geophysical measurand at the same resolution and geolocation as the Level 1 source data from which it is derived
data or retrieved geophysical parameters (i.e. derived from Level 1 or 2 data products) mapped on uniform space-time grid scales, usually with some completeness and consistency. Such re-sampling may include averaging, compositing, kriging, use of Kalman filters…
model output or results from analyses of lower level data, i.e., parameters that are not directly measured by the instruments, but are derived from these measurements
quantity intended to be measured
symmetric positive semi-deﬁnite matrix of dimension N × N associated with an estimate of a real vector quantity of dimension N × 1, containing on its diagonal the squares of the standard uncertainties associated with the respective components of the estimate of the quantity, and, in its oﬀ-diagonal positions, the covariances associated with pairs of components of that estimate
data about the data; parameters that describe, characterise, and/or index the data
(1) systematic evaluation over time of some quantity
(2) by extension, evaluation over time of the performance of a system, of the occurrence of an event etc.
the probability that a point measurement lies within a specific range of area-average (volume-average) concentration value
closeness of coordinate value to the true or accepted value in a specified reference system
(1) measure of the repeatability of a set of measurements. Note that precision is usually expressed as a statistical value based upon a set of repeated measurements such as the standard deviation from the sample mean (2) closeness of agreement between indications or measured quantity values obtained by replicate measurements on the same or similar objects under specified conditions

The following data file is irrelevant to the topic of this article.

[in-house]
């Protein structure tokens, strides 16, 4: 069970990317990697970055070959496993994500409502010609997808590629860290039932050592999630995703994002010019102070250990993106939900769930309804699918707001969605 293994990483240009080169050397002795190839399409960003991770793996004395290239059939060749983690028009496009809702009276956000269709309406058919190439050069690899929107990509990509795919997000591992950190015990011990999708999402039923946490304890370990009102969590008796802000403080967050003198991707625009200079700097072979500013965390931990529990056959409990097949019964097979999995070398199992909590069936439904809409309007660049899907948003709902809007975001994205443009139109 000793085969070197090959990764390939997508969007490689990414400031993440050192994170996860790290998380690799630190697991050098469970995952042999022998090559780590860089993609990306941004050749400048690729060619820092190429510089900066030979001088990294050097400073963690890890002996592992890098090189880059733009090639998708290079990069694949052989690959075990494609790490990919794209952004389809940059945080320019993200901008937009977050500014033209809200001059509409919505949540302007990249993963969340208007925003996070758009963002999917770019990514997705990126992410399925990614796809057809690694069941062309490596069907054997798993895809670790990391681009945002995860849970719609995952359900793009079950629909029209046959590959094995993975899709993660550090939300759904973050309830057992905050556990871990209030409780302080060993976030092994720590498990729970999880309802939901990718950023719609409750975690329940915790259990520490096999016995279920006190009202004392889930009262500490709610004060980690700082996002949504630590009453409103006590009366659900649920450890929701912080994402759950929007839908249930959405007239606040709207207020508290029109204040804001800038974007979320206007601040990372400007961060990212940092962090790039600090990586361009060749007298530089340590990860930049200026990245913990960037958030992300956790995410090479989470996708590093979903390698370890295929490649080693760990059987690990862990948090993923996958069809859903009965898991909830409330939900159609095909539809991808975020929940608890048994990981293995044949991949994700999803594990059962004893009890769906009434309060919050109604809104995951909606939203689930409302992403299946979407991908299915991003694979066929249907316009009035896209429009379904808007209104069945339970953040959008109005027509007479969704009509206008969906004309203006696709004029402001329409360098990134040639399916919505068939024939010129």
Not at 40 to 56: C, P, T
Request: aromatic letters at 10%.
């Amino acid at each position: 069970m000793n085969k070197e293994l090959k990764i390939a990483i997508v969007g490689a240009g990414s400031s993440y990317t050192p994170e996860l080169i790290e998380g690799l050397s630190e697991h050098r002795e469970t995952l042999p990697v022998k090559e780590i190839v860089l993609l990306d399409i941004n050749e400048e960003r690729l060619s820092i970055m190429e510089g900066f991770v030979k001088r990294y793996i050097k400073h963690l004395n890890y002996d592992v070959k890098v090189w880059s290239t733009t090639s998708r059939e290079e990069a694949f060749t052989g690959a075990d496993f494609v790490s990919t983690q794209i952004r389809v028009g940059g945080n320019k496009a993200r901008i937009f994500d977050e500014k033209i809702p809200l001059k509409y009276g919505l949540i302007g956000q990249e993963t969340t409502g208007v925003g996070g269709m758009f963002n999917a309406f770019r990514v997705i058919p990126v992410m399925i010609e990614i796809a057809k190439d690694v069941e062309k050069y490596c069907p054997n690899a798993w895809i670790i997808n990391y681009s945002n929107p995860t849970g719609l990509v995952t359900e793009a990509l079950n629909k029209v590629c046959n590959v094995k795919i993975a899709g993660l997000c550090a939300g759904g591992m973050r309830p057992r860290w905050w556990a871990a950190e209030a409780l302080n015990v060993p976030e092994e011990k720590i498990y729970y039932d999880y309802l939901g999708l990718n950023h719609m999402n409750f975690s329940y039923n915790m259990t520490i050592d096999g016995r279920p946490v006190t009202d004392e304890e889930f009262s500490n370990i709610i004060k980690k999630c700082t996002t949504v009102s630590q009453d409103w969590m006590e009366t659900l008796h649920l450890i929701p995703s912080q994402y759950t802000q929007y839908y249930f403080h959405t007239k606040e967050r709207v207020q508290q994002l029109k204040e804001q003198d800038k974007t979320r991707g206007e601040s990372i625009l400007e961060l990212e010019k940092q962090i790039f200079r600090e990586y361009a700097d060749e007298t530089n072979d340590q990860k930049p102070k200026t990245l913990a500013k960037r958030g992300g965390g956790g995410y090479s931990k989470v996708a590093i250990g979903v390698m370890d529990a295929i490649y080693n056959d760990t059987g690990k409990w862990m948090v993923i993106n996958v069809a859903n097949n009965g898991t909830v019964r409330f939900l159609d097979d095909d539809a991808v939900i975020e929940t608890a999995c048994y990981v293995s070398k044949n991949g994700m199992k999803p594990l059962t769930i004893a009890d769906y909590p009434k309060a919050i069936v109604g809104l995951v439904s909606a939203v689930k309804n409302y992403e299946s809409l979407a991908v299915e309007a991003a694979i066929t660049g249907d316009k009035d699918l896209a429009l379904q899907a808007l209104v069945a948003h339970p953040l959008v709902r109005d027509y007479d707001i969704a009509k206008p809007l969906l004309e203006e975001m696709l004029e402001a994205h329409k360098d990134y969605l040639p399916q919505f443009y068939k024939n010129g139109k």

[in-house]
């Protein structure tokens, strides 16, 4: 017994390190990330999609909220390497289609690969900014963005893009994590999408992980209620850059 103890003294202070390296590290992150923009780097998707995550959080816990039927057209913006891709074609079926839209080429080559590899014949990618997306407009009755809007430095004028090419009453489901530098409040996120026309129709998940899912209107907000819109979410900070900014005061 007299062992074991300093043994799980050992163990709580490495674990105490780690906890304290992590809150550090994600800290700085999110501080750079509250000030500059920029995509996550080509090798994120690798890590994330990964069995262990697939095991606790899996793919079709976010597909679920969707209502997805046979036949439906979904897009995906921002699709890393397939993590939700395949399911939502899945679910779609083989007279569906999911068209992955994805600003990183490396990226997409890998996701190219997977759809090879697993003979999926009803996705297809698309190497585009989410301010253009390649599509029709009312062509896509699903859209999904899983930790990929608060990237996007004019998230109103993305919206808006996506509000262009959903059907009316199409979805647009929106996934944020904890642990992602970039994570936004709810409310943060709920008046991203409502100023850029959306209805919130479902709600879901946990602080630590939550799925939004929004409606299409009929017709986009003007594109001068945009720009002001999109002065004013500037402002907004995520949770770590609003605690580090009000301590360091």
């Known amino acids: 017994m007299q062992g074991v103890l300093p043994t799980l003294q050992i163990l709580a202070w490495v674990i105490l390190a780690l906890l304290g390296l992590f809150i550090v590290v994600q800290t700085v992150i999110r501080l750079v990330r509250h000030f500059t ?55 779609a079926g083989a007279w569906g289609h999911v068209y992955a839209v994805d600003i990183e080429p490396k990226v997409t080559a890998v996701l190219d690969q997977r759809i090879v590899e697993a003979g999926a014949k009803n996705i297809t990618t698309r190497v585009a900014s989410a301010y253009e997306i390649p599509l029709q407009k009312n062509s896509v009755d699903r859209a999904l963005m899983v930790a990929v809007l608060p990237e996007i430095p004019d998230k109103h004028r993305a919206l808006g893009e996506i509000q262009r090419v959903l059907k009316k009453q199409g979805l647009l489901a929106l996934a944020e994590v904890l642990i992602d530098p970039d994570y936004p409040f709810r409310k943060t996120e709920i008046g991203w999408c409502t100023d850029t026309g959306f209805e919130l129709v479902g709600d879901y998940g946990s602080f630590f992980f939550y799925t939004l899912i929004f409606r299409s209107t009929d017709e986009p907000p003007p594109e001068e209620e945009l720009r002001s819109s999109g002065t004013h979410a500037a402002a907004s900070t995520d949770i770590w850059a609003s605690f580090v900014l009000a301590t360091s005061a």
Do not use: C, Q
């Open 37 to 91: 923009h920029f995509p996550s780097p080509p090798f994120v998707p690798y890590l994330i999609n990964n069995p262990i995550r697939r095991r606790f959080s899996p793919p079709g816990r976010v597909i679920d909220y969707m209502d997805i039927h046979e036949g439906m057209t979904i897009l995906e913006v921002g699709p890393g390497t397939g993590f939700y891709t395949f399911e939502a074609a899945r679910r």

specified way to carry out an activity or a process
set of interrelated or interacting activities that use inputs to deliver an intended result
establishing documented evidence of a high degree of assurance that a specific process will consistently produce a product meeting its pre-determined specifications and quality characteristics
output of an organization that can be produced without any transaction taking place between the organization and the customer
the totality of features and characteristics of a product or service that bears its ability to satisfy stated or implied needs
term referring to the derivation of quality indicators providing sufficient information to assess whether quality requirements are fulfilled
part of quality management focused on providing confidence that quality requirements will be fulfilled; it is different from quality assessment and from quality control
(1) QC refers to the activities undertaken to check and optimise accuracy and precision of the data after its collection
(2) part of quality management focused on fulfilling quality requirements
a means of providing a user of data or derived product with sufficient information to assess its suitability for a particular application. This information should be based on a quantitative assessment of its traceability to an agreed reference or measurement standard (ideally SI), but can be presented as a numeric or a text descriptor, provided the quantitative linkage is defined.
a determination of radiometric instrument performance in the spatial, spectral, and temporal domains in a series of measurements, in which its output is related to the true value of the measured radiometric quantity
(1) component of measurement error that in replicate measurements varies in an unpredictable manner; note that random measurement error equals measurement error minus systematic measurement error.
Note: Random measurement errors of a set of replicate measurements form a distribution that can be summarized by its expectation, which is generally assumed to be zero, and its variance.
(2) component of forecast error that varies in an unpredictable manner
standard measurement uncertainty divided by the absolute value of the measured quantity value
measurement precision under set of conditions including the same measurement procedure, same operator, same measuring system, same operating conditions and same location, and replicated measurements over a short period of time
the extent to which a set of measurements taken in a given space-time domain reflect the actual conditions in the same or different space-time domain taken on a scale appropriate for a specific application